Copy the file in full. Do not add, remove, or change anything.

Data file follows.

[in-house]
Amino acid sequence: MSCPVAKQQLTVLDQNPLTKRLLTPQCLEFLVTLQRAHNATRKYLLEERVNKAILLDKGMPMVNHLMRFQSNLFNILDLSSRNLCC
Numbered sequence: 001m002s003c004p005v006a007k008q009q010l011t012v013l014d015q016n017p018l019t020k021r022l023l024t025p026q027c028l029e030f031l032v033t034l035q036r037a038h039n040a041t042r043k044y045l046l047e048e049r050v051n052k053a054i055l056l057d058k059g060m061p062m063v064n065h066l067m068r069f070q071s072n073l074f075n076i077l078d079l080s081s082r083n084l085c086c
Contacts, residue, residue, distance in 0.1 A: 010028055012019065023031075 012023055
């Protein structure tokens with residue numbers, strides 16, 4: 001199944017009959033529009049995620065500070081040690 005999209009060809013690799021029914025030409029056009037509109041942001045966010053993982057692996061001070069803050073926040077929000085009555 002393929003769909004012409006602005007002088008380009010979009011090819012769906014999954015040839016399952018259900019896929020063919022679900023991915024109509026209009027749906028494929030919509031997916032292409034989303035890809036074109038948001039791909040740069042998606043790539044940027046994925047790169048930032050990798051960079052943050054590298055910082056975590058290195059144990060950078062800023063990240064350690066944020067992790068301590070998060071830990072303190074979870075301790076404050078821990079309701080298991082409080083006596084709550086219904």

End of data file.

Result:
[in-house]
Amino acid sequence: MSCPVAKQQLTVLDQNPLTKRLLTPQCLEFLVTLQRAHNATRKYLLEERVNKAILLDKGMPMVNHLMRFQSNLFNILDLSSRNLCC
Numbered sequence: 001m002s003c004p005v006a007k008q009q010l011t012v013l014d015q016n017p018l019t020k021r022l023l024t025p026q027c028l029e030f031l032v033t034l035q036r037a038h039n040a041t042r043k044y045l046l047e048e049r050v051n052k053a054i055l056l057d058k059g060m061p062m063v064n065h066l067m068r069f070q071s072n073l074f075n076i077l078d079l080s081s082r083n084l085c086c
Contacts, residue, residue, distance in 0.1 A: 010028055012019065023031075 012023055
């Protein structure tokens with residue numbers, strides 16, 4: 001199944017009959033529009049995620065500070081040690 005999209009060809013690799021029914025030409029056009037509109041942001045966010053993982057692996061001070069803050073926040077929000085009555 002393929003769909004012409006602005007002088008380009010979009011090819012769906014999954015040839016399952018259900019896929020063919022679900023991915024109509026209009027749906028494929030919509031997916032292409034989303035890809036074109038948001039791909040740069042998606043790539044940027046994925047790169048930032050990798051960079052943050054590298055910082056975590058290195059144990060950078062800023063990240064350690066944020067992790068301590070998060071830990072303190074979870075301790076404050078821990079309701080298991082409080083006596084709550086219904």